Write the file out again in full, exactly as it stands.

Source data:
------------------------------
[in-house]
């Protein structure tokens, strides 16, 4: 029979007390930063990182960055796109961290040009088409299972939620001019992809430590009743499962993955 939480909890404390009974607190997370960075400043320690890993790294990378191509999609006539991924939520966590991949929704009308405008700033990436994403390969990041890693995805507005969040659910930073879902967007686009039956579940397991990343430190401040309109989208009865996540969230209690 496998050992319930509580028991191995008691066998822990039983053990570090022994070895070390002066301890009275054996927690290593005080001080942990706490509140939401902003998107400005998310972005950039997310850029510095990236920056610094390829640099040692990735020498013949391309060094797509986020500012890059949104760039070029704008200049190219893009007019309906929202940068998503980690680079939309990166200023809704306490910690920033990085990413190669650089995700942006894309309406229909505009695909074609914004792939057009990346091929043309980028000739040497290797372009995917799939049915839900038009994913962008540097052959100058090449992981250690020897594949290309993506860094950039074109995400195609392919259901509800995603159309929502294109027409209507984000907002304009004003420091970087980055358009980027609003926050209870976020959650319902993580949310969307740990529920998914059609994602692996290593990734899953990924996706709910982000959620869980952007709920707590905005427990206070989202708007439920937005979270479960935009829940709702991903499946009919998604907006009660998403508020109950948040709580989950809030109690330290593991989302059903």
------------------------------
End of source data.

[in-house]
């Protein structure tokens, strides 16, 4: 029979007390930063990182960055796109961290040009088409299972939620001019992809430590009743499962993955 939480909890404390009974607190997370960075400043320690890993790294990378191509999609006539991924939520966590991949929704009308405008700033990436994403390969990041890693995805507005969040659910930073879902967007686009039956579940397991990343430190401040309109989208009865996540969230209690 496998050992319930509580028991191995008691066998822990039983053990570090022994070895070390002066301890009275054996927690290593005080001080942990706490509140939401902003998107400005998310972005950039997310850029510095990236920056610094390829640099040692990735020498013949391309060094797509986020500012890059949104760039070029704008200049190219893009007019309906929202940068998503980690680079939309990166200023809704306490910690920033990085990413190669650089995700942006894309309406229909505009695909074609914004792939057009990346091929043309980028000739040497290797372009995917799939049915839900038009994913962008540097052959100058090449992981250690020897594949290309993506860094950039074109995400195609392919259901509800995603159309929502294109027409209507984000907002304009004003420091970087980055358009980027609003926050209870976020959650319902993580949310969307740990529920998914059609994602692996290593990734899953990924996706709910982000959620869980952007709920707590905005427990206070989202708007439920937005979270479960935009829940709702991903499946009919998604907006009660998403508020109950948040709580989950809030109690330290593991989302059903």